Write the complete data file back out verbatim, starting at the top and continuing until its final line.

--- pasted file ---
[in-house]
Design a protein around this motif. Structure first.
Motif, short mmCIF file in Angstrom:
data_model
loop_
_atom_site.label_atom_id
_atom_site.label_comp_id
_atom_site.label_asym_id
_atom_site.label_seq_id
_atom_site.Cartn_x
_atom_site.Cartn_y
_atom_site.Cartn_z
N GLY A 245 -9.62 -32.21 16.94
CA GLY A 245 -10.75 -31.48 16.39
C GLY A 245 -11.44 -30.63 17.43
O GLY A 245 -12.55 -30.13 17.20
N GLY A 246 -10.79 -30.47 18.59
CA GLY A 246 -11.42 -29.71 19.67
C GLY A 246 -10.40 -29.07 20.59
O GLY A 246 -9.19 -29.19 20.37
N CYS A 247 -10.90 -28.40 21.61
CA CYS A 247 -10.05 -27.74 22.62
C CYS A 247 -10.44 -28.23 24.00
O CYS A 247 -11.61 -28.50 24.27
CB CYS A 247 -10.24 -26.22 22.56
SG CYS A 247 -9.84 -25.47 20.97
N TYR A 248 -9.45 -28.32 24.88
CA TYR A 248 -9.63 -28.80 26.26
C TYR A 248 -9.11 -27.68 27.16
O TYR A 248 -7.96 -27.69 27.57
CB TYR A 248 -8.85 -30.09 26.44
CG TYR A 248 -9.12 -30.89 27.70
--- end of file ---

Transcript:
[in-house]
Design a protein around this motif. Structure first.
Motif, short mmCIF file in Angstrom:
data_model
loop_
_atom_site.label_atom_id
_atom_site.label_comp_id
_atom_site.label_asym_id
_atom_site.label_seq_id
_atom_site.Cartn_x
_atom_site.Cartn_y
_atom_site.Cartn_z
N GLY A 245 -9.62 -32.21 16.94
CA GLY A 245 -10.75 -31.48 16.39
C GLY A 245 -11.44 -30.63 17.43
O GLY A 245 -12.55 -30.13 17.20
N GLY A 246 -10.79 -30.47 18.59
CA GLY A 246 -11.42 -29.71 19.67
C GLY A 246 -10.40 -29.07 20.59
O GLY A 246 -9.19 -29.19 20.37
N CYS A 247 -10.90 -28.40 21.61
CA CYS A 247 -10.05 -27.74 22.62
C CYS A 247 -10.44 -28.23 24.00
O CYS A 247 -11.61 -28.50 24.27
CB CYS A 247 -10.24 -26.22 22.56
SG CYS A 247 -9.84 -25.47 20.97
N TYR A 248 -9.45 -28.32 24.88
CA TYR A 248 -9.63 -28.80 26.26
C TYR A 248 -9.11 -27.68 27.16
O TYR A 248 -7.96 -27.69 27.57
CB TYR A 248 -8.85 -30.09 26.44
CG TYR A 248 -9.12 -30.89 27.70